Tuesday, July 2, 2013

Mackin' ain't easy

Posted By on Tue, Jul 2, 2013 at 10:04 AM

Mac Miller
  • Ian Wolfson
  • Mac Miller
One of the widest truths in music: depression yields excellence. Whether this condition stems from heartbreak, drug use, or mindless repetition, it's essentially a universal fact. It is no more obvious than it is to fans. Authenticity can be sensed, vibes can be explored, and content can be (painfully) relatable.

Demise of a relationship spanning a high school career, friendship found in camp yet lost half a world away, and an eerily intricate Jay Electronica verse later, Malcolm McCormick, aka Mac Miller, hasn't only broken the shackles of hip-pop notoriety but has done so in convincing fashion, tapping into dystopian worlds within an unrelenting aesthetic. His sophomore LP, Watching Movies With The Sound Off, forgoes any happy-go-lucky nature which may have been strewn about his previous releases. Instead, it favors an almost Kubrick-esque take on his cohorts as well as his new-found environment of Los Angeles.

Taking a look at Mac Miller today, one would be hard-pressed to imagine the path he's taken to avoid obstacles and mishaps. At the ripe age of 21, he's battled an addiction to lean (prescription codeine-promethazine often mixed with Sprite), a slew of personal attacks courtesy of none other than Donald Trump, a $10 million lawsuit from Lord Finesse and, above all else, early backlash over simply being a white rapper who enjoyed having a good time.

He discusses this in a recent interview with The Fader, when asked about recent acknowledgement:

"The writers are saying that the song is sick, but always with this tone like, Ugh, fuck, I can't believe I'm saying this. Or they're like, Sure, he's getting better, but he's no MF Doom. It's funny to sit back and watch that, cause it's not like aspects of what I'm doing now were never there. Maybe people got turned off by singles, or how I was perceived as the frat rapper dude. It's funny to see them starting to shift their opinion, from like, Mac Miller is kind of tight, what? To like, Yeah, Mac Miller, I'd fuck with it."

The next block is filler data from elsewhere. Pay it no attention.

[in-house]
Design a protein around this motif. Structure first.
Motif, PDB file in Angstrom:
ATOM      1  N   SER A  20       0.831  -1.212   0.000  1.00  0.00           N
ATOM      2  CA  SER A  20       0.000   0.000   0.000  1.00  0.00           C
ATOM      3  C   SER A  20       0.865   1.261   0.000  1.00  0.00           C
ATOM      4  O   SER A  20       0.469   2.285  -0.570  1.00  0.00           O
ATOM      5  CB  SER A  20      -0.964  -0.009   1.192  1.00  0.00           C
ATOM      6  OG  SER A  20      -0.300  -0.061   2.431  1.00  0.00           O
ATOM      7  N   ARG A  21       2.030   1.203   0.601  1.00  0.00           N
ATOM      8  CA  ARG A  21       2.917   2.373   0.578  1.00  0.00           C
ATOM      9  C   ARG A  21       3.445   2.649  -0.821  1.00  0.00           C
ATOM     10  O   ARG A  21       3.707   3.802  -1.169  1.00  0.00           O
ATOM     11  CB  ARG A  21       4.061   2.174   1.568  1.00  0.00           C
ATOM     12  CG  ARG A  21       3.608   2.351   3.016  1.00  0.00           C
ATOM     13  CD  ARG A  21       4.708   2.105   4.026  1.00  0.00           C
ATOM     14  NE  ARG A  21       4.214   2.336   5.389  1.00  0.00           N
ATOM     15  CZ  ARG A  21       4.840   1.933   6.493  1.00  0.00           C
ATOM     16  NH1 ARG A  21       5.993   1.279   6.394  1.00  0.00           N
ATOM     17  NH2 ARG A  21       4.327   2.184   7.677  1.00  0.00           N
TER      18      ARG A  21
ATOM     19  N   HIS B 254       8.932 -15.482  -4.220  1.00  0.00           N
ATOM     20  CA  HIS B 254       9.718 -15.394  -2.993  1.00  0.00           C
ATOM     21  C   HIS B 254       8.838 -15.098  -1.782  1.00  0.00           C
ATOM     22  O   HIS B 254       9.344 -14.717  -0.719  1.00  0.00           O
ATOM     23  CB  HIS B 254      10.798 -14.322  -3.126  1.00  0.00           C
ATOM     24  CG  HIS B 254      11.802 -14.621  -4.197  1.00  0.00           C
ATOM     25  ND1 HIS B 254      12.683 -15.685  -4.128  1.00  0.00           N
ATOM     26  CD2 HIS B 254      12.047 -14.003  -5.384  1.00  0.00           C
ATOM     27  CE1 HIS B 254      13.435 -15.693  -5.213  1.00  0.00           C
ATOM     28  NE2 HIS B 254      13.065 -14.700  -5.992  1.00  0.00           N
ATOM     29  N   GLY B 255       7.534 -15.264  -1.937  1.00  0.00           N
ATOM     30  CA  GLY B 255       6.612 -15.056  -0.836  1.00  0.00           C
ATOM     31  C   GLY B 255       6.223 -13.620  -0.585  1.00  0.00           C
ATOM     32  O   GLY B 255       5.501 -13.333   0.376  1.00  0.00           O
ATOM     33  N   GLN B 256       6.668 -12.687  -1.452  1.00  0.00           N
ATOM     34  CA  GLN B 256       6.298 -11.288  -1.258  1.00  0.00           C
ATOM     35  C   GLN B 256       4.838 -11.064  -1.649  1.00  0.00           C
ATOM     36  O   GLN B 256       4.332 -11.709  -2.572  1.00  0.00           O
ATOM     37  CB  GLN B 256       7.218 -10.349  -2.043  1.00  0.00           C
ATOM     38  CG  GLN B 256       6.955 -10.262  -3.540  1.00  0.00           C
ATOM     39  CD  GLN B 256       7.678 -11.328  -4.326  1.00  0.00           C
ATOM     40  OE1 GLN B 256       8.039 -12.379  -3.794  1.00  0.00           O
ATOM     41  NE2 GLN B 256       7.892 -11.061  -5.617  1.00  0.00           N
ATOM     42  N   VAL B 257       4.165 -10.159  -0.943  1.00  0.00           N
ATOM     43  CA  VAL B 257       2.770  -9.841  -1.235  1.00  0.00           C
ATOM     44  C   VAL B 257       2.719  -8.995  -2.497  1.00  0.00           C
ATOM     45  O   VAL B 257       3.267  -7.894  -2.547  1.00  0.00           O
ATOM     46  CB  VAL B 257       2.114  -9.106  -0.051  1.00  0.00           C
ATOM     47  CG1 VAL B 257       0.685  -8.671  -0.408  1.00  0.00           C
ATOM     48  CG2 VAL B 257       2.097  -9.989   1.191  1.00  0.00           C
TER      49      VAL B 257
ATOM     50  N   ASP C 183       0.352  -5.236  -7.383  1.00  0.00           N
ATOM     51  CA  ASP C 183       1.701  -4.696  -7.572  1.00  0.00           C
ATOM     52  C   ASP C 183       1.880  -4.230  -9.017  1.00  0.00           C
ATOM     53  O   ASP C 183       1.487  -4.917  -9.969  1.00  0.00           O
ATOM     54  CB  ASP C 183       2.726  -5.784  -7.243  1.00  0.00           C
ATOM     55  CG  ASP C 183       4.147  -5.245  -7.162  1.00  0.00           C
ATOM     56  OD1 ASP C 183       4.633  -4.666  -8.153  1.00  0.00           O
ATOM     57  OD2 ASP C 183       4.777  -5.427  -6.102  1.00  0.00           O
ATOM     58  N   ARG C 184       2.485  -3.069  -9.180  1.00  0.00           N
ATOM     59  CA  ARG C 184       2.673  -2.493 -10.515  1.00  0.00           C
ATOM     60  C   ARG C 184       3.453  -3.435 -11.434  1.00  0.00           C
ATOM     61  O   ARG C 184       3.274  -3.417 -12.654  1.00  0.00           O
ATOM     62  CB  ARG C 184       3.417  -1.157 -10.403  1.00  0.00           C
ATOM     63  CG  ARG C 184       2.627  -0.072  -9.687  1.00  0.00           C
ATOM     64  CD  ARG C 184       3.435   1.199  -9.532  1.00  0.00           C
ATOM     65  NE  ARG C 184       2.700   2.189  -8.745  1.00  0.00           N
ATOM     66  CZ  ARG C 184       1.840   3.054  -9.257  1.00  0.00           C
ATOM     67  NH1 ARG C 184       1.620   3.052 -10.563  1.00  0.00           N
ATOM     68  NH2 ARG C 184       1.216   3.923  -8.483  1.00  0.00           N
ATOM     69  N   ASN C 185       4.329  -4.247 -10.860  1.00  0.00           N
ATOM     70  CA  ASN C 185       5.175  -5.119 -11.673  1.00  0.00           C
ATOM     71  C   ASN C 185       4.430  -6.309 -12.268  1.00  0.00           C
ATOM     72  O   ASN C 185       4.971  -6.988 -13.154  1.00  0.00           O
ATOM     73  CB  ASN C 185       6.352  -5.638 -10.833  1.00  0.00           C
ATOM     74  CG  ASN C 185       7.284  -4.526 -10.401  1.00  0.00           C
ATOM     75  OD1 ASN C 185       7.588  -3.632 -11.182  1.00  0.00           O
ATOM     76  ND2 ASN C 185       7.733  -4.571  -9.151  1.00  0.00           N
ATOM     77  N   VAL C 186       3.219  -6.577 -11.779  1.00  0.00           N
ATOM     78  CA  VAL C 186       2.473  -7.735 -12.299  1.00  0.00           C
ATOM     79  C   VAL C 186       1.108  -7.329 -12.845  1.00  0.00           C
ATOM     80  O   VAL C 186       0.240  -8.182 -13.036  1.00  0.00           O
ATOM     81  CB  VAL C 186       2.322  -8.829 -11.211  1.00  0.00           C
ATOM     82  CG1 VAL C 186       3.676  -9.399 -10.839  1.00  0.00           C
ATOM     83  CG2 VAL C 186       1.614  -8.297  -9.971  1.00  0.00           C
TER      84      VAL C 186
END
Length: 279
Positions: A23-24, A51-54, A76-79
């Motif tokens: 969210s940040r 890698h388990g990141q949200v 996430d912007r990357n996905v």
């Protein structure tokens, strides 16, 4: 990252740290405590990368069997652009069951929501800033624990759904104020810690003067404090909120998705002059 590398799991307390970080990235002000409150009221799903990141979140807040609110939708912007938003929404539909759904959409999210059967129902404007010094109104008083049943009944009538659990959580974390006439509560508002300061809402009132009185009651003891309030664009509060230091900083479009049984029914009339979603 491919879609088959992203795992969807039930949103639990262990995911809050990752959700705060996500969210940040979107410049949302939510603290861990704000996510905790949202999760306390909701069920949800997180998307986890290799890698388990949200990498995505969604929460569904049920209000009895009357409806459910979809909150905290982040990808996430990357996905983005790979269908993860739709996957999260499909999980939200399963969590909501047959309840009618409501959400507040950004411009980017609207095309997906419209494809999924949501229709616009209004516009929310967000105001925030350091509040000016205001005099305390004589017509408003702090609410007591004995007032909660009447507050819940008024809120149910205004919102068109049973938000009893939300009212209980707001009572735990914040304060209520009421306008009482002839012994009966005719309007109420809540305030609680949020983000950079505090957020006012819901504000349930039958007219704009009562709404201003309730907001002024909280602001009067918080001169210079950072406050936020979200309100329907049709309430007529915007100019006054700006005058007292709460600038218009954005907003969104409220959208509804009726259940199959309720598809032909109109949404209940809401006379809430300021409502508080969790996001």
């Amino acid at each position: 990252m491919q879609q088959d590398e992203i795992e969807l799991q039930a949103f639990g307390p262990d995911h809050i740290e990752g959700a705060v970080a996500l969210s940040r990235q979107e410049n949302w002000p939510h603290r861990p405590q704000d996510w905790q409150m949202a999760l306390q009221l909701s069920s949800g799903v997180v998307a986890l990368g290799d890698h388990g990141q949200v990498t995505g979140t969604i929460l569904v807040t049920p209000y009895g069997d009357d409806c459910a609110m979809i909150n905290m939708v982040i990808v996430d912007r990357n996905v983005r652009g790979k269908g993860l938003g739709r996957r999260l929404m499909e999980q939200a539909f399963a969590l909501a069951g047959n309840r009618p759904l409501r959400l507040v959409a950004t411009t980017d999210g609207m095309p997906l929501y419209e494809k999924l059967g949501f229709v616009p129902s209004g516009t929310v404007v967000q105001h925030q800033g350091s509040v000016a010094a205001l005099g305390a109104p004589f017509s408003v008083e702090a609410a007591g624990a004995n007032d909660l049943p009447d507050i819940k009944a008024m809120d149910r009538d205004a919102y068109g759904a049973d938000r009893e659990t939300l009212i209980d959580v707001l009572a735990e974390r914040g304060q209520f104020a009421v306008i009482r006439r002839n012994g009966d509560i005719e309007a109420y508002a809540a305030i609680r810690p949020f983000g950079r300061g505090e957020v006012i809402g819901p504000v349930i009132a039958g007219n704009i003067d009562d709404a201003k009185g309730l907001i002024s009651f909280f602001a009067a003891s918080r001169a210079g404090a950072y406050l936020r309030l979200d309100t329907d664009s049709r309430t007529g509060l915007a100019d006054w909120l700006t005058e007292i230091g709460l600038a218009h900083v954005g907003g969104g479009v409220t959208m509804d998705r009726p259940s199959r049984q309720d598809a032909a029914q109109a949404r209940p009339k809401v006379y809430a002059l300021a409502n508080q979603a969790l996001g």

In an alternate universe, Malcolm McCormick may have walked across the stage at one of the country's many colleges and collected a degree this past spring. He may have spent the days before graduation pent up in his apartment, reminiscing over times with roommates and deciding whether or not to keep random items purchased on impulse throughout the years. He may have visited some old friends made during the first year or two of school, and may have even seen some professors to thank them. Maybe, after walking across the stage, degree in his hand, he may have paused and looked out into the audience to relish the moment. The sun may have blinded his vision; eyes squinted, he may have surveyed the conglomeration, sweat may have trickled on his brow, palms may have grown cold, and images of the girl who got away may have flashed in his mind.

Malcolm McCormick may have walked off the stage, moved out of his apartment, applied to jobs in his area and mindlessly worked hours in mundane fashion, giving inconsolable looks to the demos stored on his laptop. Why weren't they ever finished? Why has it taken so long? What is he afraid of?
However, as long as our reality exists, Mac Miller has graduated on his own terms this summer with Watching Movies With The Sound Off. Don't be surprised if he goes back for his master's.

With Chance the Rapper, the Internet, Vince Staples. $25. 8 p.m. Tues., July 2. Tabernacle, 152 Luckie St. 404-659-9022.

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